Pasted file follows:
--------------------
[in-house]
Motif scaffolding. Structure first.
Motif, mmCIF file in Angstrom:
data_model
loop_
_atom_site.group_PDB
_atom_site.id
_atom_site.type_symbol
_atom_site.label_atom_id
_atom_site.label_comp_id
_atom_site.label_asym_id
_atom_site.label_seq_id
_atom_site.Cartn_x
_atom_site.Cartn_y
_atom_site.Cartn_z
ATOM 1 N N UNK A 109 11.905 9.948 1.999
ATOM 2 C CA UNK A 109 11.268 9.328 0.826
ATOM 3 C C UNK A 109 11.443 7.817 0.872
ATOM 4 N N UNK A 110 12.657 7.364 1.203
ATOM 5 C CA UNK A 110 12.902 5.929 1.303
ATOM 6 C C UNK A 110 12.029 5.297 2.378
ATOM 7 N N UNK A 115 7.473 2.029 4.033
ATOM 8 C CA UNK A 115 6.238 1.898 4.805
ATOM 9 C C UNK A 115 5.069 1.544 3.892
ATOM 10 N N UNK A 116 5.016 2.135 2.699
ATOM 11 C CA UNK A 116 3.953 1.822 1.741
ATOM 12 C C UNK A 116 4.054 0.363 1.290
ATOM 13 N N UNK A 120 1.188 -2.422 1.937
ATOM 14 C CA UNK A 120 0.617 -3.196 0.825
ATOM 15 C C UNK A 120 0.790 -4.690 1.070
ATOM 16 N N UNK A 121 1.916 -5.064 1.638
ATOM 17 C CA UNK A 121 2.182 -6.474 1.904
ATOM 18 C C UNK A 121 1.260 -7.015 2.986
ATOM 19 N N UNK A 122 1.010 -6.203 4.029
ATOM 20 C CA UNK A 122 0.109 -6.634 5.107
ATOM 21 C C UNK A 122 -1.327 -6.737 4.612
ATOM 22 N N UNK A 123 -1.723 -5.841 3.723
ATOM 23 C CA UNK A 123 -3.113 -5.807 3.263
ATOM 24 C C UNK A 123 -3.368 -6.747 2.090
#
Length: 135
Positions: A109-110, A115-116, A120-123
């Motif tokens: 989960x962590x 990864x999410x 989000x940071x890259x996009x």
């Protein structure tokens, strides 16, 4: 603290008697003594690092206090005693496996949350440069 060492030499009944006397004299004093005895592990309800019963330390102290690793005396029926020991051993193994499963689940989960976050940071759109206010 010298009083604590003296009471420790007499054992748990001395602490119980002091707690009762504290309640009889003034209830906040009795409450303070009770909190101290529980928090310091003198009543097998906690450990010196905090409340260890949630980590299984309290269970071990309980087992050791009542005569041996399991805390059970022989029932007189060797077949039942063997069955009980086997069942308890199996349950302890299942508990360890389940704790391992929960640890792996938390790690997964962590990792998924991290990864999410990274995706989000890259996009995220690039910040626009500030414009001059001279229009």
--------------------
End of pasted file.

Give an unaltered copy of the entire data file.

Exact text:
[in-house]
Motif scaffolding. Structure first.
Motif, mmCIF file in Angstrom:
data_model
loop_
_atom_site.group_PDB
_atom_site.id
_atom_site.type_symbol
_atom_site.label_atom_id
_atom_site.label_comp_id
_atom_site.label_asym_id
_atom_site.label_seq_id
_atom_site.Cartn_x
_atom_site.Cartn_y
_atom_site.Cartn_z
ATOM 1 N N UNK A 109 11.905 9.948 1.999
ATOM 2 C CA UNK A 109 11.268 9.328 0.826
ATOM 3 C C UNK A 109 11.443 7.817 0.872
ATOM 4 N N UNK A 110 12.657 7.364 1.203
ATOM 5 C CA UNK A 110 12.902 5.929 1.303
ATOM 6 C C UNK A 110 12.029 5.297 2.378
ATOM 7 N N UNK A 115 7.473 2.029 4.033
ATOM 8 C CA UNK A 115 6.238 1.898 4.805
ATOM 9 C C UNK A 115 5.069 1.544 3.892
ATOM 10 N N UNK A 116 5.016 2.135 2.699
ATOM 11 C CA UNK A 116 3.953 1.822 1.741
ATOM 12 C C UNK A 116 4.054 0.363 1.290
ATOM 13 N N UNK A 120 1.188 -2.422 1.937
ATOM 14 C CA UNK A 120 0.617 -3.196 0.825
ATOM 15 C C UNK A 120 0.790 -4.690 1.070
ATOM 16 N N UNK A 121 1.916 -5.064 1.638
ATOM 17 C CA UNK A 121 2.182 -6.474 1.904
ATOM 18 C C UNK A 121 1.260 -7.015 2.986
ATOM 19 N N UNK A 122 1.010 -6.203 4.029
ATOM 20 C CA UNK A 122 0.109 -6.634 5.107
ATOM 21 C C UNK A 122 -1.327 -6.737 4.612
ATOM 22 N N UNK A 123 -1.723 -5.841 3.723
ATOM 23 C CA UNK A 123 -3.113 -5.807 3.263
ATOM 24 C C UNK A 123 -3.368 -6.747 2.090
#
Length: 135
Positions: A109-110, A115-116, A120-123
């Motif tokens: 989960x962590x 990864x999410x 989000x940071x890259x996009x």
């Protein structure tokens, strides 16, 4: 603290008697003594690092206090005693496996949350440069 060492030499009944006397004299004093005895592990309800019963330390102290690793005396029926020991051993193994499963689940989960976050940071759109206010 010298009083604590003296009471420790007499054992748990001395602490119980002091707690009762504290309640009889003034209830906040009795409450303070009770909190101290529980928090310091003198009543097998906690450990010196905090409340260890949630980590299984309290269970071990309980087992050791009542005569041996399991805390059970022989029932007189060797077949039942063997069955009980086997069942308890199996349950302890299942508990360890389940704790391992929960640890792996938390790690997964962590990792998924991290990864999410990274995706989000890259996009995220690039910040626009500030414009001059001279229009």